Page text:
Many non-infectious conditions, such as autoimmune diseases, stroke, trauma, Alzheimer’s disease and other neurodegenerative diseases, are also associated with chronic activation of the immune system and secretion of cytokines (Dinarello & Wolff, 1993; Rothwell et al., 1996). High incidence of depression has been demonstrated in patients afflicted with these conditions, including multiple sclerosis (Foley et al., 1992; Minden & Schiffer, 1990), rheumatoid arthritis (Parker et al., 1992), systemic lupus erythematosus (Denburg et al., 1997), allergy (Marshal, 1993), stroke (Robinson, 1997), and Alzheimer’s disease (Lyketsos et al., 1997). When studied, immune deregulation was found to precede the development of depression, suggesting that rather than being a psychological reaction to the medical condition per-se, illness-associated depression is causally related to immune activation.

Administration of cytokine and endotoxin in humans produces depressive symptoms
Administration of cytokines in humans produces marked behavioral and neuroendocrine symptoms that are similar to those induced by viral infection. Administration of alpha interferon (IFN-alpha), IL-2 or TNF-alpha was found to cause flu-like symptoms as well as depressive symptoms, including depressed mood, dysphoria, anhedonia, helplessness, mild to severe fatigue, anorexia and weight loss, hypersomnia, psychomotor retardation, decreased concentration, and confusion (McDonald et al., 1987; Meyers & Valentine, 1995; Walker et al., 1997). The fact that these symptoms appear almost immediately after cytokine administration and usually disappear shortly after termination of the cytokine treatment, strongly suggests a causal role for cytokines in producing the depressive symptoms.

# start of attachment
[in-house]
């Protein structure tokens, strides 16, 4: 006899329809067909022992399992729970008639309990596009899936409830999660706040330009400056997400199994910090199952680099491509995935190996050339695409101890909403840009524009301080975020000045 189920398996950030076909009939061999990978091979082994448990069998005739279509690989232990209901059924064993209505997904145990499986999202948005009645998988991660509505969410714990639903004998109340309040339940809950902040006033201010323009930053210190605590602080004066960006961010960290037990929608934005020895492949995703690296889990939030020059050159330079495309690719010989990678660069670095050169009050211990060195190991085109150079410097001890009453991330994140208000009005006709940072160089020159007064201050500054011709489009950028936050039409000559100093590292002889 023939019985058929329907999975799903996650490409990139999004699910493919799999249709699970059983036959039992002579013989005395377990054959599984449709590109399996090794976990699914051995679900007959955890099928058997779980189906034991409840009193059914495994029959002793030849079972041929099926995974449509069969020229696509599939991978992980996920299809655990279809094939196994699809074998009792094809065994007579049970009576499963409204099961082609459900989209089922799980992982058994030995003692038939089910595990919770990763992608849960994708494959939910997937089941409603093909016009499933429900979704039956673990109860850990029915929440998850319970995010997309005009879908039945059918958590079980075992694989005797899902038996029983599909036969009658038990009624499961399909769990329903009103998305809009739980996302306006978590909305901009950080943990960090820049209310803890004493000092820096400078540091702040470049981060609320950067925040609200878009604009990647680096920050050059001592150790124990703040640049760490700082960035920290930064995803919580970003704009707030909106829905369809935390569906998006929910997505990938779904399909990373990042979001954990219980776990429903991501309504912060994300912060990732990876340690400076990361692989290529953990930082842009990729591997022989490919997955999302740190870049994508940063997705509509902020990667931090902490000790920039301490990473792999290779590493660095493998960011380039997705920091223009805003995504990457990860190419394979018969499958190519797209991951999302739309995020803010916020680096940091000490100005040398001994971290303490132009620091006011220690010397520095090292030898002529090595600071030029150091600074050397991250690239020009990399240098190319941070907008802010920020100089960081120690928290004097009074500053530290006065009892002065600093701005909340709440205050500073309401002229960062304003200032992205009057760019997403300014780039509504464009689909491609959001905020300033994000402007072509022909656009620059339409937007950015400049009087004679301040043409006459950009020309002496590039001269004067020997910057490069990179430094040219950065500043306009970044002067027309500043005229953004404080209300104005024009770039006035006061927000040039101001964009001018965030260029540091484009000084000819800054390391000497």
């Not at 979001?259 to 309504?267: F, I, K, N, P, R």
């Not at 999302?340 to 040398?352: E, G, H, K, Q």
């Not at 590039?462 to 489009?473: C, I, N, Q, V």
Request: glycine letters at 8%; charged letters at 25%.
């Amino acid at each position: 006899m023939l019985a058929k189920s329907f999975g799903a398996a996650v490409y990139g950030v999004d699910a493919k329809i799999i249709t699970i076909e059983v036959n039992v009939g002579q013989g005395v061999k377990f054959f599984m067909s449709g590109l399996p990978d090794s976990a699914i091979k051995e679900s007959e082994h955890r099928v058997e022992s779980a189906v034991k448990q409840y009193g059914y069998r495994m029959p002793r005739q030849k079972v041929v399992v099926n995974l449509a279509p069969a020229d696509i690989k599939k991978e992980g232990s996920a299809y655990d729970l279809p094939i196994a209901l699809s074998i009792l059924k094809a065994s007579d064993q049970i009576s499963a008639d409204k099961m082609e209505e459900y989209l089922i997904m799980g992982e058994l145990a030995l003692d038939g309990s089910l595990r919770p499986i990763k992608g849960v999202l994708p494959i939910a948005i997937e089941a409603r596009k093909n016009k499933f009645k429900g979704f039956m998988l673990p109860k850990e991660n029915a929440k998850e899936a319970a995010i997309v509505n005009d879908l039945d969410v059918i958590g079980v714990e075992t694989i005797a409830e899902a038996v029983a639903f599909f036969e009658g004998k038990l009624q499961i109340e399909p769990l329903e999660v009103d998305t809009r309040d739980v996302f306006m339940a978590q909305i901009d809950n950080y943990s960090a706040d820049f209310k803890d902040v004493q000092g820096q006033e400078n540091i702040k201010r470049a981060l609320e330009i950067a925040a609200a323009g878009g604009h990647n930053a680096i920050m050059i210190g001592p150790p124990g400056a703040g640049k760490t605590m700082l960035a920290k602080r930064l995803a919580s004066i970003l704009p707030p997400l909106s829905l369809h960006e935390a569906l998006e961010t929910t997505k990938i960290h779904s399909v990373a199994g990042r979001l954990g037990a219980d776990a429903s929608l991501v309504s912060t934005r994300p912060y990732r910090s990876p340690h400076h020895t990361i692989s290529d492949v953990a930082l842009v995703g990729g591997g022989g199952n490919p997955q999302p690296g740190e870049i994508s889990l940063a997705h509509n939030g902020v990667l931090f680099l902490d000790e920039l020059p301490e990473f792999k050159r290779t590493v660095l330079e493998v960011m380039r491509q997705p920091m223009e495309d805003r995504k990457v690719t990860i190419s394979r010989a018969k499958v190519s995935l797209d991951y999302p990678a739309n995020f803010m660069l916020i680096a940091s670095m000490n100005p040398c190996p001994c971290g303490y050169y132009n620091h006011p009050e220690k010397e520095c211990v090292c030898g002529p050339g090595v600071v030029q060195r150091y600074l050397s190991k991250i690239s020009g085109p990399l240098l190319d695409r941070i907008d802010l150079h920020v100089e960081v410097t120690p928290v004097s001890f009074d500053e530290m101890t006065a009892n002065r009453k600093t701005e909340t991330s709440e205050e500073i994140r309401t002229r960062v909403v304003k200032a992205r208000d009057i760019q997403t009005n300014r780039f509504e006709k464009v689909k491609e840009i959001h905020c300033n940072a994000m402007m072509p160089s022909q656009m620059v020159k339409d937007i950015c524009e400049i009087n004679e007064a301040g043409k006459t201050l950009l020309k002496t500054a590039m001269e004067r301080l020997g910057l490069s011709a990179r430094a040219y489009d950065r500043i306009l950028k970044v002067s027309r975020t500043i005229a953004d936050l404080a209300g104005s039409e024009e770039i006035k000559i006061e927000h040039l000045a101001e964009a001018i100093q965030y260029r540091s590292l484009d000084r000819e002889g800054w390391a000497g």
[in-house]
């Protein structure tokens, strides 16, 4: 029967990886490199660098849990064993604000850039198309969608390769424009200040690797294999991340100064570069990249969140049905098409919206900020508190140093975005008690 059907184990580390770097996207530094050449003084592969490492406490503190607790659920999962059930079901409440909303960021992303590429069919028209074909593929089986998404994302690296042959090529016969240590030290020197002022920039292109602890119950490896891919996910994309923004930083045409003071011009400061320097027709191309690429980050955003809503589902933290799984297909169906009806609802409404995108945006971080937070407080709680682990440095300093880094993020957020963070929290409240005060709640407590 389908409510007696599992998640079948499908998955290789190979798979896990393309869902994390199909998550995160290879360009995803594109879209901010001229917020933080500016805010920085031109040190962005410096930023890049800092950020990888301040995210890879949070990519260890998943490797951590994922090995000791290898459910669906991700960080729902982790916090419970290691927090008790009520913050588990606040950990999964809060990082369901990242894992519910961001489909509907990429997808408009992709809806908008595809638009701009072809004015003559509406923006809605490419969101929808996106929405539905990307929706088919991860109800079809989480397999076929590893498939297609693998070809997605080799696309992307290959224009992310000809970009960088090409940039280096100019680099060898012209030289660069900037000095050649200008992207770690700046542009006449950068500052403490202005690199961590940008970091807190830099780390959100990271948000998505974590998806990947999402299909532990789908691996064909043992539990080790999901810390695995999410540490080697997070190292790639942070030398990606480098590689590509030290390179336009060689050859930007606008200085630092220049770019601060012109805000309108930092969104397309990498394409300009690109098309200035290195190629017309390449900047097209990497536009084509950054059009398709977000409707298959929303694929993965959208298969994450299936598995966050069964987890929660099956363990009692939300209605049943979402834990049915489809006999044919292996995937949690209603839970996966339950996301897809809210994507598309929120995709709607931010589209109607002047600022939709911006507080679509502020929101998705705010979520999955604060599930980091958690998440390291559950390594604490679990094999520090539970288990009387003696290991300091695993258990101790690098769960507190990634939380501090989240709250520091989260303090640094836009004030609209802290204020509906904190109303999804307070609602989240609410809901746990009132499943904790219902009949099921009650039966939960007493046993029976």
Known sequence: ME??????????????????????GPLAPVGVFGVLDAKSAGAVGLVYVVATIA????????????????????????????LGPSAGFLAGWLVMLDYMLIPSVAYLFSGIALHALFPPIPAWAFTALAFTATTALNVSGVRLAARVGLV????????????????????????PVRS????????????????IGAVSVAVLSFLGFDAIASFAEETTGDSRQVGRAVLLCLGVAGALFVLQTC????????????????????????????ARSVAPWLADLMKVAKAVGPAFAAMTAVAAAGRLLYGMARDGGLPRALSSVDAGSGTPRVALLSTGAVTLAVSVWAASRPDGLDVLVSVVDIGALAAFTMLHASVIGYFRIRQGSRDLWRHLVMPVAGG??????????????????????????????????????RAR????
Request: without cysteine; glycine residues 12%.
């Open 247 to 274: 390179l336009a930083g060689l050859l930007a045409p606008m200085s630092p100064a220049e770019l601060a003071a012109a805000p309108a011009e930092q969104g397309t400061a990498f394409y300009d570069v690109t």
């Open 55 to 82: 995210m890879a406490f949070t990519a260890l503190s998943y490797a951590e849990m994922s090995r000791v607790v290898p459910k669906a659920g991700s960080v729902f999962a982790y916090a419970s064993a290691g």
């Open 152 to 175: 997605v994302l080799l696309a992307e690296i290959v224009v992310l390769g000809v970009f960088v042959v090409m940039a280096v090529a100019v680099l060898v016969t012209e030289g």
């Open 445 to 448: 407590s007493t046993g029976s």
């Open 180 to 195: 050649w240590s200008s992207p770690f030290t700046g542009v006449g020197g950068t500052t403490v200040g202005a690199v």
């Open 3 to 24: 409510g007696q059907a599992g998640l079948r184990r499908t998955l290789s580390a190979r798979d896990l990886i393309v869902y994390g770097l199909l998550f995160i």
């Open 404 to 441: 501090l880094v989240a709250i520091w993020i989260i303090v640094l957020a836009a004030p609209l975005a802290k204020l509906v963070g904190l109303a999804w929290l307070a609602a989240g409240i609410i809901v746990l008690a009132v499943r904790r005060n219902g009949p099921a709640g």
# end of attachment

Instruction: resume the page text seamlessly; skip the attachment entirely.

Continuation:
Together with Dr. T. Pollmacher from the Max Planck Institute of Psychiatry in Munich, Germany, we have recently conducted a study on the effects of immune activation with endotoxin on affective and cognitive variables in healthy volunteers (n=20). A within-subjects cross-over design was used, in which each subject completed an extensive battery of psychological and neuropsychological tests following endotoxin injection (0.8 ng/kg) on one day, and following saline on another day. Neither the experimenter nor the subject knew the group assignment (i.e., a double blind design). Preliminary results demonstrate that endotoxin induced clinical symptoms of illness, including a significant rise in rectal temperature, elevation in serum cortisol, and mild headache and muscle pain. Endotoxin also induced a significant elevation in negative emotions, including sadness, anxiety, stress, nervousness, and tiredness. In addition, endotoxin produced cognitive impairments, including impaired learning and memory and reduced visuo-spatial ability.